As we travel in cars, we put complete trust in the vehicle’s safety features, including airbags, helmets and seat belts. We rely on these measures to keep us safe and reduce the risk of accidents. However, the use of seat belts in cars is a mandatory discipline that has passed through various levels of evolution.
First mandatory seatbelt laws
The initial considerations of seat belt safety began in the mid-1950s. The Saab engineer recognized the vulnerability and safety limitations of cars at the time, and after several tests and examinations, he formulated the three-point seatbelt. This innovation provided an ultimate form of vehicle security and truly revolutionized passenger protection.
Several accidents and fatalities occurred due to the lack of seat belt usage, but the public was not immediately convinced to wear them. However, in 1966, with seatbelt laws making its way into the legislation, people began to understand that wearing seat belts would ultimately lead to reduced accidents and fatalities on the road.
The National Traffic and Motor Vehicle Safety Act
The National Traffic and Motor Vehicle Safety Act of 1966, advocated by President Lyndon Johnson, made the use of seat belts compulsory in all motor vehicles on public roads in the United States. This law required all vehicles manufactured in 1968 or later to be appropriately equipped with seat belts, which ultimately made them mandatory for all car journeys.
Moreover, the National Traffic and Motor Vehicle Safety Act established new safety standards for automobile manufacturers to abide by; this included the requirement of all new vehicles to have front-seat outboard lap belts, front-rear seat belt systems, energy-absorbing steering wheels, and integrated headrests.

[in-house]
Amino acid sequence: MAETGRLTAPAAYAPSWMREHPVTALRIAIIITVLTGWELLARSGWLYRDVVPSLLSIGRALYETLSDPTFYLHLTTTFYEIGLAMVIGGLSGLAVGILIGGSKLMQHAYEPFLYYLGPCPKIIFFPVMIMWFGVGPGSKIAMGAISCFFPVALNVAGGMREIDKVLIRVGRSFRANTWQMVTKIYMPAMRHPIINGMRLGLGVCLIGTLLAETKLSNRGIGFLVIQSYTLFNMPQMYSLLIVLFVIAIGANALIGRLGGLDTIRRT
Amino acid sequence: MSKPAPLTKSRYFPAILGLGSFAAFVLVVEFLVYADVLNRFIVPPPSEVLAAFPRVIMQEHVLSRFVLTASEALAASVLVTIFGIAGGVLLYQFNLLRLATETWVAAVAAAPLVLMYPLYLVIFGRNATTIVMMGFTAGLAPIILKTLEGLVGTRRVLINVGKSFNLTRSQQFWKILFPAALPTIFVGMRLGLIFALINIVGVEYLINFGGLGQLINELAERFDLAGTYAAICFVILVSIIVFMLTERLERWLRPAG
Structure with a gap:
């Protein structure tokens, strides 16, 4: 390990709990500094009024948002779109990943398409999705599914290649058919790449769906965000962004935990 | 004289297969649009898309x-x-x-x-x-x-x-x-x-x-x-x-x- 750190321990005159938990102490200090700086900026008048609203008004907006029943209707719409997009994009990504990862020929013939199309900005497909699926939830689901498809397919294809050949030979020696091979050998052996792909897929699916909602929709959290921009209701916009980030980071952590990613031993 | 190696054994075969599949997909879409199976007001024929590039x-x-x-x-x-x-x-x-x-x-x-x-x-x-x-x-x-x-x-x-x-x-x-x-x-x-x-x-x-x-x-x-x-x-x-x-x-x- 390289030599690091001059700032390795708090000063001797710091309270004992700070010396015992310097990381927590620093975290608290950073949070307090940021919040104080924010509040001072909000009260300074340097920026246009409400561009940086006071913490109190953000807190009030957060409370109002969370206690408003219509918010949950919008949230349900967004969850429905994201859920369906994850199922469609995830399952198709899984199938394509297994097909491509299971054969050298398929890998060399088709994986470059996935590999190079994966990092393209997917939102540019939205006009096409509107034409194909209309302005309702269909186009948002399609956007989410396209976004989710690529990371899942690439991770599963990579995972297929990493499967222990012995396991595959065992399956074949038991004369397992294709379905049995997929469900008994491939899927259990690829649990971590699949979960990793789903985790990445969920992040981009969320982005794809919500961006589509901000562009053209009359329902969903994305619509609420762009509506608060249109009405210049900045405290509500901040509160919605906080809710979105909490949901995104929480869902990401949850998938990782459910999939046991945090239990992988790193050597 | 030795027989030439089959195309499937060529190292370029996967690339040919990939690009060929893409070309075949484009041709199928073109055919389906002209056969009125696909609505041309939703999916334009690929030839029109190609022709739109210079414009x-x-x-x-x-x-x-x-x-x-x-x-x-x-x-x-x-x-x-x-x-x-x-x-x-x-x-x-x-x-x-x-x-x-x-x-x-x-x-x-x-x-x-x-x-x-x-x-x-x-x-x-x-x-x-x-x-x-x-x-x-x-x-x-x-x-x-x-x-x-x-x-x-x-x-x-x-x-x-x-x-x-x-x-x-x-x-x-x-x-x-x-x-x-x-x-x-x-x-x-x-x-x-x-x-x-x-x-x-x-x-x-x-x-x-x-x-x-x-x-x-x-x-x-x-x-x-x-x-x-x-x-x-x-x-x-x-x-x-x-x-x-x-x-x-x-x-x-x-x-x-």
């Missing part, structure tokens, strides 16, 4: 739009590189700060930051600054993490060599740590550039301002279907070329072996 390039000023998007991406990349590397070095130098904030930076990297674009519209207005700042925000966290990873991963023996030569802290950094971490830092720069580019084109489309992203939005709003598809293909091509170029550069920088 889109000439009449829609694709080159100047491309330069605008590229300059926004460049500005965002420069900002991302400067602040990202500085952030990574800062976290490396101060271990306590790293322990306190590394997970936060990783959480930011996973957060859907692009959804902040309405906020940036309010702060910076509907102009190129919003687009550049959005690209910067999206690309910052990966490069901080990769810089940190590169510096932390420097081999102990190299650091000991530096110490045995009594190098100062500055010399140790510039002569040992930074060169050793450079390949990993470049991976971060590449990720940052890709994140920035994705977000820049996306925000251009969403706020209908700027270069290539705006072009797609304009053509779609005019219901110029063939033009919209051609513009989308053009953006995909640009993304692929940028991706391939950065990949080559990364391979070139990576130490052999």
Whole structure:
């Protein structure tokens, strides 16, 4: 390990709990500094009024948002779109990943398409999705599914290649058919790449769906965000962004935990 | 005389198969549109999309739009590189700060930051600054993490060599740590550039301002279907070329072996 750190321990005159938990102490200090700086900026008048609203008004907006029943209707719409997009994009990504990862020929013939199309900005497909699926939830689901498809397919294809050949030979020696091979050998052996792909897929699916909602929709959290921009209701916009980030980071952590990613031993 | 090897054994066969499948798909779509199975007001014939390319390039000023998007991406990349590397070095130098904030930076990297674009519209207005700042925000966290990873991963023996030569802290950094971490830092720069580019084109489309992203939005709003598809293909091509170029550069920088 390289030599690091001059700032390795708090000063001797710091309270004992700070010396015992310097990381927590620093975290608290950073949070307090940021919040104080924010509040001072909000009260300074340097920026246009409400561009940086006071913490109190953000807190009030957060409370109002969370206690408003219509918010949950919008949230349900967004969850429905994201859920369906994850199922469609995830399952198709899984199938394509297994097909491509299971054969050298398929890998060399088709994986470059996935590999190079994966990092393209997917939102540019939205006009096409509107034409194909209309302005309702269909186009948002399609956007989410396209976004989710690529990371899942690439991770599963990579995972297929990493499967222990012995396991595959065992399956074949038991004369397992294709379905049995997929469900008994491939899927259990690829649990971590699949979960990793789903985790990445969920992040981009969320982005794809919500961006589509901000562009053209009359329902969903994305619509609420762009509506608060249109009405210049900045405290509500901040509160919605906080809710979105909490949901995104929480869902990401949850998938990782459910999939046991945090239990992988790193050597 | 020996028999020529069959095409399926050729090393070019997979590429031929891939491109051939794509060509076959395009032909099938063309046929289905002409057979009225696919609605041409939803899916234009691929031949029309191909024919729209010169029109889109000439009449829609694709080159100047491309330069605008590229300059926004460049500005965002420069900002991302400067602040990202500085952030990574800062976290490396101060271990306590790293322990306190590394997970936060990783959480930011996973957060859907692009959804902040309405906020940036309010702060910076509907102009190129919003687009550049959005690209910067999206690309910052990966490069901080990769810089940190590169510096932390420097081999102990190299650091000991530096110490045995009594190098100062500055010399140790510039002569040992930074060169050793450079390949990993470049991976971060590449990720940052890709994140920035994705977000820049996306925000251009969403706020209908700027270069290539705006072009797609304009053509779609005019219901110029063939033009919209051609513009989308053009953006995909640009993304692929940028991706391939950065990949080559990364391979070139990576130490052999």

Seatbelt laws and their evolution
Throughout the late 1960s and early 1970s, several other states followed the National Traffic and Motor Vehicle Safety Act’s precedents and made seatbelt usage mandatory. Then, the advent of seatbelt awareness programs and campaigns led to an unprecedented increase in usage.
In the next three decades, the primary legislation became a state issue, and the law expanded its boundaries accordingly. States introduced various pieces of legislation on seatbelt use, with the first law being passed in Washington D.C. in 1972. While Mississippi was the last state to enforce the use of seatbelts that occurred over 20 years since the introduction of legislation in 1984.
As the laws continued to be enforced, so did the incorporation of seatbelt laws into larger crash prevention legislation, encouraging all automobile manufacturers to abide by strict and uniform safety standards. In 2007, the Federal Motor Vehicle Safety Standards (FMVSS) was enforced, which led to more control by the National Highway Traffic Safety Administration (NHTSA) over the laws and policies that promote car safety.
The long-term benefits of seatbelt laws
Seatbelt laws have offered several long-term benefits, including the prevention of millions of injuries and the saving of numerous lives globally. It has been identified that wearing a seatbelt has a 50 to 60 percent chance of survival, and in focused accidents such as roll-overs, seatbelts have a chance of as much as 89 percent of survival.
Enforcing seatbelt laws is necessary to mitigate and reduce the possibility of car fatalities and accidents and is now a widely accepted and recognized safety measure. It has helped to reduce accident severity and improved post-accident scenarios.
The introduction of seatbelt laws over the last 70 years has been a necessary pursuit of lawmakers worldwide. The benefits are undoubtedly vast and numerous, and the laws have come to stay due to their effectiveness in reducing the possibility of road accidents and fatalities. These laws have served beneficially to all stakeholders and helped promote a culture of safety and confidence in the automotive industry.
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